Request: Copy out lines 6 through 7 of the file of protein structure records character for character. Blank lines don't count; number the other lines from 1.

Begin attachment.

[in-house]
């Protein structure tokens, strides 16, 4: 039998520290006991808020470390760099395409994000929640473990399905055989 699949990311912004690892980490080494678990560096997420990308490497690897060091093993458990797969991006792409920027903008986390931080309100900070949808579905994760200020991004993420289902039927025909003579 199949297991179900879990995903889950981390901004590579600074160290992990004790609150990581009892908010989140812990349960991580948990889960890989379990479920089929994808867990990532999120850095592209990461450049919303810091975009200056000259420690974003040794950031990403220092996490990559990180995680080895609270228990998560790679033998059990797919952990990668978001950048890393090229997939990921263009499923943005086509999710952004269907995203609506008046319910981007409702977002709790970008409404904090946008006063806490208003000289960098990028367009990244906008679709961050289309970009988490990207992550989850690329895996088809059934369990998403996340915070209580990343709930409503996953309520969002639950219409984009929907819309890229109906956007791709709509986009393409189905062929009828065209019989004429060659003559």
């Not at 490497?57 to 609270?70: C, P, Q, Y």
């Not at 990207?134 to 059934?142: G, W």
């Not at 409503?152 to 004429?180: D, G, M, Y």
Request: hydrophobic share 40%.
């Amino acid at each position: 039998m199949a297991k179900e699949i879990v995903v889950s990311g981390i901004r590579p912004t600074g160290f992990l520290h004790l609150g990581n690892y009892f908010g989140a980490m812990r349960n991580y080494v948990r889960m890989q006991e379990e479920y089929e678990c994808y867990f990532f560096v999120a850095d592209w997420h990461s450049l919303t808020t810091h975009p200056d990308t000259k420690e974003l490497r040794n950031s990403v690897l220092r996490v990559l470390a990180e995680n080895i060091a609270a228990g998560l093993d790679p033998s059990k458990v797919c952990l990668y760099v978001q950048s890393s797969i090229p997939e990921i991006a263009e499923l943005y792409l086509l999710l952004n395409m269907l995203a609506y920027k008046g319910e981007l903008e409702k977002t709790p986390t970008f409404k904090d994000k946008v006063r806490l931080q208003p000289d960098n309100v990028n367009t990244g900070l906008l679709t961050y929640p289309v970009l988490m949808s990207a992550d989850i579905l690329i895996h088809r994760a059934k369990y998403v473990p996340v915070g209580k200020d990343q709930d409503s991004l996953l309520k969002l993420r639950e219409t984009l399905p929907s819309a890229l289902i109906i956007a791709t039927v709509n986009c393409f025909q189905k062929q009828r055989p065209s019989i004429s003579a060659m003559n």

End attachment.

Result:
Request: hydrophobic share 40%.
């Amino acid at each position: 039998m199949a297991k179900e699949i879990v995903v889950s990311g981390i901004r590579p912004t600074g160290f992990l520290h004790l609150g990581n690892y009892f908010g989140a980490m812990r349960n991580y080494v948990r889960m890989q006991e379990e479920y089929e678990c994808y867990f990532f560096v999120a850095d592209w997420h990461s450049l919303t808020t810091h975009p200056d990308t000259k420690e974003l490497r040794n950031s990403v690897l220092r996490v990559l470390a990180e995680n080895i060091a609270a228990g998560l093993d790679p033998s059990k458990v797919c952990l990668y760099v978001q950048s890393s797969i090229p997939e990921i991006a263009e499923l943005y792409l086509l999710l952004n395409m269907l995203a609506y920027k008046g319910e981007l903008e409702k977002t709790p986390t970008f409404k904090d994000k946008v006063r806490l931080q208003p000289d960098n309100v990028n367009t990244g900070l906008l679709t961050y929640p289309v970009l988490m949808s990207a992550d989850i579905l690329i895996h088809r994760a059934k369990y998403v473990p996340v915070g209580k200020d990343q709930d409503s991004l996953l309520k969002l993420r639950e219409t984009l399905p929907s819309a890229l289902i109906i956007a791709t039927v709509n986009c393409f025909q189905k062929q009828r055989p065209s019989i004429s003579a060659m003559n």